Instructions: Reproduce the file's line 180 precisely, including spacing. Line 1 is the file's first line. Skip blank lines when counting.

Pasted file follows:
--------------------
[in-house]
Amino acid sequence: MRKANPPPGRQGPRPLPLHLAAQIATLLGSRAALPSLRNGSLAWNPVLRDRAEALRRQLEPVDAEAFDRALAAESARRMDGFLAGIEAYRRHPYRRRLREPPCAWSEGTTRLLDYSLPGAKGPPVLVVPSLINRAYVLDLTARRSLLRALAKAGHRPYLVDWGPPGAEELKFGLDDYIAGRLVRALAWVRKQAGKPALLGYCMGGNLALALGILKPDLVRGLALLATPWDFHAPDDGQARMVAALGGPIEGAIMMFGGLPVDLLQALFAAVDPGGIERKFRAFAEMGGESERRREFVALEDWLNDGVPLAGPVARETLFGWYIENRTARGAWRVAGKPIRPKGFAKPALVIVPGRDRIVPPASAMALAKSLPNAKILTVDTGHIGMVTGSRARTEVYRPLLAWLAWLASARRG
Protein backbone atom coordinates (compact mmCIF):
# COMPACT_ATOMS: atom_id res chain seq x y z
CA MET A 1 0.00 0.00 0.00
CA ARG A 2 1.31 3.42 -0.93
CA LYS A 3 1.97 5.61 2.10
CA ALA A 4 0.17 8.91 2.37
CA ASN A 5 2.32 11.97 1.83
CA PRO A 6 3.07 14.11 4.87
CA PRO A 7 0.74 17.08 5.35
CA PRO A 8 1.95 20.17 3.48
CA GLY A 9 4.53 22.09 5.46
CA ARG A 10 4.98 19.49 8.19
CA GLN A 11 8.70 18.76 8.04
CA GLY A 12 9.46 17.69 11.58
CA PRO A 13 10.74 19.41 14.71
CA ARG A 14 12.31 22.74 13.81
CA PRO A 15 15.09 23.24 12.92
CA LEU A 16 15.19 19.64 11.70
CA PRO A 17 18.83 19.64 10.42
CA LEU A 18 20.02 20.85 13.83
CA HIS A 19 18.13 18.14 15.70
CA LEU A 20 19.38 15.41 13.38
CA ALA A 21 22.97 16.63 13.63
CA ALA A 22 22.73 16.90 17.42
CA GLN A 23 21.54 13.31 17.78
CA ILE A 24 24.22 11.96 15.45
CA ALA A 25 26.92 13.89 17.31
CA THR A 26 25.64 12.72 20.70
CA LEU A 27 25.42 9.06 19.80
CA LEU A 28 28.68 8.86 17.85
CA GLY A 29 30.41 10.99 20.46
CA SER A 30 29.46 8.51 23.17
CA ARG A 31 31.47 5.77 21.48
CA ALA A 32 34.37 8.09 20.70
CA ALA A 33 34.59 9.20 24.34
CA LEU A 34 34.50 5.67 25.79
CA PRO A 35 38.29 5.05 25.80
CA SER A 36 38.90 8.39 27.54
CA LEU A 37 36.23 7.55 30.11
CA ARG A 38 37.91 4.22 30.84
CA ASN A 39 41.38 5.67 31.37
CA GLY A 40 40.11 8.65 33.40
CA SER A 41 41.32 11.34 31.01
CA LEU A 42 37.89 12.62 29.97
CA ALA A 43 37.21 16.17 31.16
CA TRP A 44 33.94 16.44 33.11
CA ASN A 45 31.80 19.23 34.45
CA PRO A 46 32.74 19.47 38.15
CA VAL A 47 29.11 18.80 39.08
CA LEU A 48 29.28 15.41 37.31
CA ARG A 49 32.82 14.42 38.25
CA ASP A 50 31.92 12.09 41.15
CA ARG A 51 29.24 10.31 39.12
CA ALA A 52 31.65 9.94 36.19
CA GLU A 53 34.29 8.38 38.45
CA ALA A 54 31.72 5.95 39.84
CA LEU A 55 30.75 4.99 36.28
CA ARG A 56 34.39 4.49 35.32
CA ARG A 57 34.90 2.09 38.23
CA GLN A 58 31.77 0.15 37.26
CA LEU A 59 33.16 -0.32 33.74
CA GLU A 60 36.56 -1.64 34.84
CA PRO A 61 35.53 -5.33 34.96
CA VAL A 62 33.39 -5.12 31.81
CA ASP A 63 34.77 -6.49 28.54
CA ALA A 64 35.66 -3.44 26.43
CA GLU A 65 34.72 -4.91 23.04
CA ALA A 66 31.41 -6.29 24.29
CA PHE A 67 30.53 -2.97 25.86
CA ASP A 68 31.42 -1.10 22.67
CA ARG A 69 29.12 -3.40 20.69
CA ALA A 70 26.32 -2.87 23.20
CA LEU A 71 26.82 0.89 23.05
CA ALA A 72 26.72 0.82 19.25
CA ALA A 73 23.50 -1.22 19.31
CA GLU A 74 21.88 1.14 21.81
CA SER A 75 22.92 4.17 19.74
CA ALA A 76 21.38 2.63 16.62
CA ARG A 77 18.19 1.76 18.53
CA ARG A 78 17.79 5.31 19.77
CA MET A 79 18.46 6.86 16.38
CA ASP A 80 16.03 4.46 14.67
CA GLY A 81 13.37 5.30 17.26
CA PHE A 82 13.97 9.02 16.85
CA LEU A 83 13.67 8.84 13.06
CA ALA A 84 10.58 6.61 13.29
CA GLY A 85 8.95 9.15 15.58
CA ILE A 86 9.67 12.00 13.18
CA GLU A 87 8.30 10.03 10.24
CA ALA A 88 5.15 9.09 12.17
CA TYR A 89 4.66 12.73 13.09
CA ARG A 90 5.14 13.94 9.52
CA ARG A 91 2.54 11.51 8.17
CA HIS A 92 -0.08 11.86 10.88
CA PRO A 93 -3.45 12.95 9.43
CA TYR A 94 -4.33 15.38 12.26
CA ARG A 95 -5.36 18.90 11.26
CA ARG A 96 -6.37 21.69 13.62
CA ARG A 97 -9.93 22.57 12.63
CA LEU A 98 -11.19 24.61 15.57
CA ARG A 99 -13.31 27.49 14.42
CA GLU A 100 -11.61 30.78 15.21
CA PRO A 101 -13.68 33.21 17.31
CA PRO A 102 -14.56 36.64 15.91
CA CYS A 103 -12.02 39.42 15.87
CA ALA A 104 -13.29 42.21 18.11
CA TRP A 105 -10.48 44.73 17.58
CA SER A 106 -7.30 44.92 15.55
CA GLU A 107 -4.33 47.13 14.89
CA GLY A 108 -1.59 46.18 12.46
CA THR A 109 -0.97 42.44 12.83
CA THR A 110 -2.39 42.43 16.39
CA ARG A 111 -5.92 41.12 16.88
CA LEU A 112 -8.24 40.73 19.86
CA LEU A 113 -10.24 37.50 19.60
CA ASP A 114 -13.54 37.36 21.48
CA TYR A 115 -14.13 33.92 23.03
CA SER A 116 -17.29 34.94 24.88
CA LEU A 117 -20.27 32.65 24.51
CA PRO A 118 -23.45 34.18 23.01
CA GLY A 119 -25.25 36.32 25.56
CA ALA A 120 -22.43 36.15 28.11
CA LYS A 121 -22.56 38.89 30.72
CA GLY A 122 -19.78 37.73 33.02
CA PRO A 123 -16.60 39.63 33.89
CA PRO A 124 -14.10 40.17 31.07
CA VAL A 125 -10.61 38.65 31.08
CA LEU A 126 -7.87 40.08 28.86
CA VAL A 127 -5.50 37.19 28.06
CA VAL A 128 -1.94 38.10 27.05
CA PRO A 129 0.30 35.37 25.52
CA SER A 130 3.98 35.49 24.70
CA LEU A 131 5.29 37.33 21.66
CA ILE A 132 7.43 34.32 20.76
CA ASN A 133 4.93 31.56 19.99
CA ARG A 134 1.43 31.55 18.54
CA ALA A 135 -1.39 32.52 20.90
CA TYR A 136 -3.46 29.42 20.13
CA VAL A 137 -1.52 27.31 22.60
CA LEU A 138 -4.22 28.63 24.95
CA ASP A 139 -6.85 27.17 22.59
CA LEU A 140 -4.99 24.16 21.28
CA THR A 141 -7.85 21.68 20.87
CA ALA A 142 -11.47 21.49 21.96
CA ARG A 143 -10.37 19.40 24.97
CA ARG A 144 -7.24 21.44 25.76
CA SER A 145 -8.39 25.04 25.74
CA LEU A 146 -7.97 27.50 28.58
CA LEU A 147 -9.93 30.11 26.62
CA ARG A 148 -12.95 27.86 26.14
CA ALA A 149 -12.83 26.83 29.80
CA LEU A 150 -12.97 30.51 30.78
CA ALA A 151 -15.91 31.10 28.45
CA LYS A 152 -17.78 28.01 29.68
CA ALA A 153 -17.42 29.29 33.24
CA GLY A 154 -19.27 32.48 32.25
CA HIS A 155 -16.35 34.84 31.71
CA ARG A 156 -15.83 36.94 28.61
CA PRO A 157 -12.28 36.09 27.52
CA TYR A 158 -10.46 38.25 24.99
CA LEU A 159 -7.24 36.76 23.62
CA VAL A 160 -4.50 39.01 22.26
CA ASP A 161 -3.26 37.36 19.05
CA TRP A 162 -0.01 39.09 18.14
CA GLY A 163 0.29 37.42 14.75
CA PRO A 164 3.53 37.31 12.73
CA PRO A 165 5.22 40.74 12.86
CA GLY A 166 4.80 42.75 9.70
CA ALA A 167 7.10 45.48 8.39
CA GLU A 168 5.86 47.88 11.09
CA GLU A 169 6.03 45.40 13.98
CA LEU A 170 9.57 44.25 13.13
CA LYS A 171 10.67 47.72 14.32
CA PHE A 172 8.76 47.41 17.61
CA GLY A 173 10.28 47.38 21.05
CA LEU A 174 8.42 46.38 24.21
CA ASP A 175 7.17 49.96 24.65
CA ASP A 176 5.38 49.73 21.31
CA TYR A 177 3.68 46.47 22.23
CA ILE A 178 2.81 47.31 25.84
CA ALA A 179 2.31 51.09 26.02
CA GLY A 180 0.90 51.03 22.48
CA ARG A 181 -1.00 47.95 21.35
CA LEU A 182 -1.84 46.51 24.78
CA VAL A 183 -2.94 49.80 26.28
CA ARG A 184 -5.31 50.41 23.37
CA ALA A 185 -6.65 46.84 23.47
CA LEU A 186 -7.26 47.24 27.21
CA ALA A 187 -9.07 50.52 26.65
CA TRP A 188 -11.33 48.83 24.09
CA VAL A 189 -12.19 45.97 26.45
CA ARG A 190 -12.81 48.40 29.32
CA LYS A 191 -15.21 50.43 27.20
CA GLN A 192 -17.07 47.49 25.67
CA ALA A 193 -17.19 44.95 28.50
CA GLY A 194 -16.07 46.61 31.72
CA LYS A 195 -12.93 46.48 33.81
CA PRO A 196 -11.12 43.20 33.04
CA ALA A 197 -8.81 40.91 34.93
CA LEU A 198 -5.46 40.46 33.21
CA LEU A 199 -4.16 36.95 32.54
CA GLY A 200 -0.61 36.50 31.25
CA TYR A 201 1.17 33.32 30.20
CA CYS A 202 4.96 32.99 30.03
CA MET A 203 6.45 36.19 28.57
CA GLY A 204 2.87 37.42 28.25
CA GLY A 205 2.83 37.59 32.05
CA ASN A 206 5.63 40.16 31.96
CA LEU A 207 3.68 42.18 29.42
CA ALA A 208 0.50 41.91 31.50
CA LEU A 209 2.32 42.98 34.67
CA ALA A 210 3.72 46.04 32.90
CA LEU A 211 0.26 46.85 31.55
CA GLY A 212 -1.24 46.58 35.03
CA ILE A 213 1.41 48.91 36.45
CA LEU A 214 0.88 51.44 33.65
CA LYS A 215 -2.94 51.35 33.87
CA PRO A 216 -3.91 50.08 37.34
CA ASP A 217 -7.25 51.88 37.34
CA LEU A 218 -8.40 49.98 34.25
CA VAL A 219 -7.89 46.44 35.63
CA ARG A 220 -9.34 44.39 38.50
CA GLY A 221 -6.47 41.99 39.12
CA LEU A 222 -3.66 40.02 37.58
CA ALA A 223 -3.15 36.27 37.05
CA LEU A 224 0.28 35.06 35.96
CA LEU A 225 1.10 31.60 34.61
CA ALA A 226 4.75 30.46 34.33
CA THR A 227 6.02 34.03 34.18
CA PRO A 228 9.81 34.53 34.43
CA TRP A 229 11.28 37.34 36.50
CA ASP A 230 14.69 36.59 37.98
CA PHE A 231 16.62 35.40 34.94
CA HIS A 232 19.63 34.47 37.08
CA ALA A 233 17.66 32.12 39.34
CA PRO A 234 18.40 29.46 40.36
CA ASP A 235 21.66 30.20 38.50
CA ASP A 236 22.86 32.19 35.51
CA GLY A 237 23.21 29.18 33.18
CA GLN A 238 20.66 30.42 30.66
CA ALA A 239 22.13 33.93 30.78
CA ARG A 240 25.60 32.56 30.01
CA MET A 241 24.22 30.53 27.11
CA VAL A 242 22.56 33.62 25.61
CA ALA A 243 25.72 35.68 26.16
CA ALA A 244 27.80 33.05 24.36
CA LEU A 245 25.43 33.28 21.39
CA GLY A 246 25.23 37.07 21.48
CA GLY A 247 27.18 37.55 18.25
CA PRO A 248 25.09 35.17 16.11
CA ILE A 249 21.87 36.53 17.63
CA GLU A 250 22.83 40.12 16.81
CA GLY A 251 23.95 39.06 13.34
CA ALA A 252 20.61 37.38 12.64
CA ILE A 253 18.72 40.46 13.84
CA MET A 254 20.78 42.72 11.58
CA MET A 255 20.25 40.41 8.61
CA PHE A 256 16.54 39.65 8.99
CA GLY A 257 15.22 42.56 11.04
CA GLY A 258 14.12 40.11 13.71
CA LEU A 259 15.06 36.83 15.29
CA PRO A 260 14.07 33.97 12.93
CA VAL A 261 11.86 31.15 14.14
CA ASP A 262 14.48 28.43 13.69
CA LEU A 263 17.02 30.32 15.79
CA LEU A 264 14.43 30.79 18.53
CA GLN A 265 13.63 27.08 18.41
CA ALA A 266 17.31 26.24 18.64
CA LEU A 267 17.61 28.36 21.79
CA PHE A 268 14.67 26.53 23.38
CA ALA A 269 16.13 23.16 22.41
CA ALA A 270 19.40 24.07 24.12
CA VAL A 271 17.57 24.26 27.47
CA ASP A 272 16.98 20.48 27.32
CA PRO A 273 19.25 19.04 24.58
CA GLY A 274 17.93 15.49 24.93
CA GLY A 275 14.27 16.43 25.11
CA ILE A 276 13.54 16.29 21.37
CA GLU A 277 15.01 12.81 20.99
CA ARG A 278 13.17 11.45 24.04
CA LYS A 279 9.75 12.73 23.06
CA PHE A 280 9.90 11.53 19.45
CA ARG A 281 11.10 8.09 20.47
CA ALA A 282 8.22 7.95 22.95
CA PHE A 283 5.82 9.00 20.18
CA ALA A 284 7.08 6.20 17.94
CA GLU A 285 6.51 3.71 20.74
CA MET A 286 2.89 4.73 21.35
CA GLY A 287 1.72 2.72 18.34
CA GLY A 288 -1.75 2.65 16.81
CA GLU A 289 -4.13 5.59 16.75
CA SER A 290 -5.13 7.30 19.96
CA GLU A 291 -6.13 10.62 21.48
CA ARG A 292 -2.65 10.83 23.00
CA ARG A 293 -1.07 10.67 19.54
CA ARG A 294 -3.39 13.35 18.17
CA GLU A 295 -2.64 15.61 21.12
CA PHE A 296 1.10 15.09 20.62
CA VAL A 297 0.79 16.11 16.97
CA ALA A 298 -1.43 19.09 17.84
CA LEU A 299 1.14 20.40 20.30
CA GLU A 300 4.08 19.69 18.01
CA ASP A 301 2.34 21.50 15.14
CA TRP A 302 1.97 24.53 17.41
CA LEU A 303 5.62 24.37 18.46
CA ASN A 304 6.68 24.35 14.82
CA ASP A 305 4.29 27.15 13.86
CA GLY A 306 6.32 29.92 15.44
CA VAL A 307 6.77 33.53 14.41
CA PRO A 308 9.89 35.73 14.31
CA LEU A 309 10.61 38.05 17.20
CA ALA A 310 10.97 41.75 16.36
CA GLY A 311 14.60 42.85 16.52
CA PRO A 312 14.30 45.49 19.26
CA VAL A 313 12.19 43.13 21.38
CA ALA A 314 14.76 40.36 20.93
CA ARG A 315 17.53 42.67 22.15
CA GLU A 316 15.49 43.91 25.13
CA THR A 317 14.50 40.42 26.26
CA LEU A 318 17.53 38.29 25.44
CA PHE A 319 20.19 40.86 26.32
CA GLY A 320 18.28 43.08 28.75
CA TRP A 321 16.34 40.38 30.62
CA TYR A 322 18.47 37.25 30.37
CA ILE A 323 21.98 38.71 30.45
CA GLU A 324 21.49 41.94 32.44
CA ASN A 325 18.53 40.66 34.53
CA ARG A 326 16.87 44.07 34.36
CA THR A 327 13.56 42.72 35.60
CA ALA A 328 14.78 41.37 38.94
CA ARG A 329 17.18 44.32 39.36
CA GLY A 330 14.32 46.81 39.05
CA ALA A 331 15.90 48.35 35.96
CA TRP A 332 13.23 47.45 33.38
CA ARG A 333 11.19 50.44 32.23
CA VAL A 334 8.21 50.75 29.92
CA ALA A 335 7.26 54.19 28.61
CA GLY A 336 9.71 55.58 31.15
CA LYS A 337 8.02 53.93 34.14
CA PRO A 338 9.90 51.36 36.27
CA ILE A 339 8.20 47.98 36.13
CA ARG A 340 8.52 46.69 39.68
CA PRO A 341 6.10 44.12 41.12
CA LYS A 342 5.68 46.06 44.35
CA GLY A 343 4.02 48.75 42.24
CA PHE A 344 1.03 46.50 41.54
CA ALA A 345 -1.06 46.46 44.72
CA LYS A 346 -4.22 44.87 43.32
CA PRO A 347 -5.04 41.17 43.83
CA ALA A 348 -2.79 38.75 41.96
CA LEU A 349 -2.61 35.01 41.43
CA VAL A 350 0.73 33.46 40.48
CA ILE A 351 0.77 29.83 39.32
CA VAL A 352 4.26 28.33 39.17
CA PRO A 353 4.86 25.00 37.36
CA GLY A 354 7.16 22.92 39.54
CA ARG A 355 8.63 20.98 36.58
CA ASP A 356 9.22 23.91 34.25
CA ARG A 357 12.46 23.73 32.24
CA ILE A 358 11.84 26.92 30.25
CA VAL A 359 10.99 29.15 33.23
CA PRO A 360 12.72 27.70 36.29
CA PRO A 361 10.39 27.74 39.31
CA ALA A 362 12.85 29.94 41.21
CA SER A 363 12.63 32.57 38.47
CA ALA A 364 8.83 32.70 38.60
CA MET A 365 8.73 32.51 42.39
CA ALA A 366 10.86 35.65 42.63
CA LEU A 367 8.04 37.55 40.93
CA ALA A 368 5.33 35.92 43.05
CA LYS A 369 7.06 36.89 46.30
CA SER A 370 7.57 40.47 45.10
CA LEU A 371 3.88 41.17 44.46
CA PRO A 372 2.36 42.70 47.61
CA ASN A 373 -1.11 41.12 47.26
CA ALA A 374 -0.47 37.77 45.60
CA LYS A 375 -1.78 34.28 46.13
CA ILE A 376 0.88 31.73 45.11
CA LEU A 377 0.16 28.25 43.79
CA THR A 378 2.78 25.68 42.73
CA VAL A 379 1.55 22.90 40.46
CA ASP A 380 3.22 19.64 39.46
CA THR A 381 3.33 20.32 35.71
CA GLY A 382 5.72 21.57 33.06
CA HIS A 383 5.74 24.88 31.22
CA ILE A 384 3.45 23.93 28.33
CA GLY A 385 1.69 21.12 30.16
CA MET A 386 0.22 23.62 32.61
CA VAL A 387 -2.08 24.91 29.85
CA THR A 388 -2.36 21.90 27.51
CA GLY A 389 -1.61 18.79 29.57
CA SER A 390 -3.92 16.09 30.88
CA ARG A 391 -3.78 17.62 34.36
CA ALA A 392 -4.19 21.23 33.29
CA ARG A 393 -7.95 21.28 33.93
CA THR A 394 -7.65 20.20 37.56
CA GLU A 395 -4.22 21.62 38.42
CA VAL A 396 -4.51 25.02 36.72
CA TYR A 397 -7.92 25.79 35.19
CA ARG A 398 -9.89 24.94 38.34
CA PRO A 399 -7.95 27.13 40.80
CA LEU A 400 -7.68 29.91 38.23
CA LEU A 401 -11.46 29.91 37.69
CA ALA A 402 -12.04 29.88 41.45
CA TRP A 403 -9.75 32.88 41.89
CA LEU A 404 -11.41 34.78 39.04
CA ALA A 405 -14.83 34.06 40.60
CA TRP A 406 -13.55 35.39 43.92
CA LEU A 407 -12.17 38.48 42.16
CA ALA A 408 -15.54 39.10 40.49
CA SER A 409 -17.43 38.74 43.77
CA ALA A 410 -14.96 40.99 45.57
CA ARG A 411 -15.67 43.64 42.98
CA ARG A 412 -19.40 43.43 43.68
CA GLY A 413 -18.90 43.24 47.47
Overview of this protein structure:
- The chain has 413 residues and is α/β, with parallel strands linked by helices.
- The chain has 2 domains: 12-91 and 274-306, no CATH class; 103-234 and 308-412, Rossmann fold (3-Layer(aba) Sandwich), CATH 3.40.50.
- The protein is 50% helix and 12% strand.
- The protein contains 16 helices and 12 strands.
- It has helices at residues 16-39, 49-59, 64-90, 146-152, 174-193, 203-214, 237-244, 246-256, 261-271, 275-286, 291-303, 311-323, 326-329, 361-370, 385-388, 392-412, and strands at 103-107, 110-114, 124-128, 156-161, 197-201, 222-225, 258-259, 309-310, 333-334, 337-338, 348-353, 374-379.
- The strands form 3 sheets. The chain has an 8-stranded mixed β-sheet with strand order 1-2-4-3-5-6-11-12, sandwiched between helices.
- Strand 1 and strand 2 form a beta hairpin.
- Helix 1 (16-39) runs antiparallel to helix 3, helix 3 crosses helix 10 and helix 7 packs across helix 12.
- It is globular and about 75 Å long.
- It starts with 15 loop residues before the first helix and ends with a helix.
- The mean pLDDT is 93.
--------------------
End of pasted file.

CA ASP A 176 5.38 49.73 21.31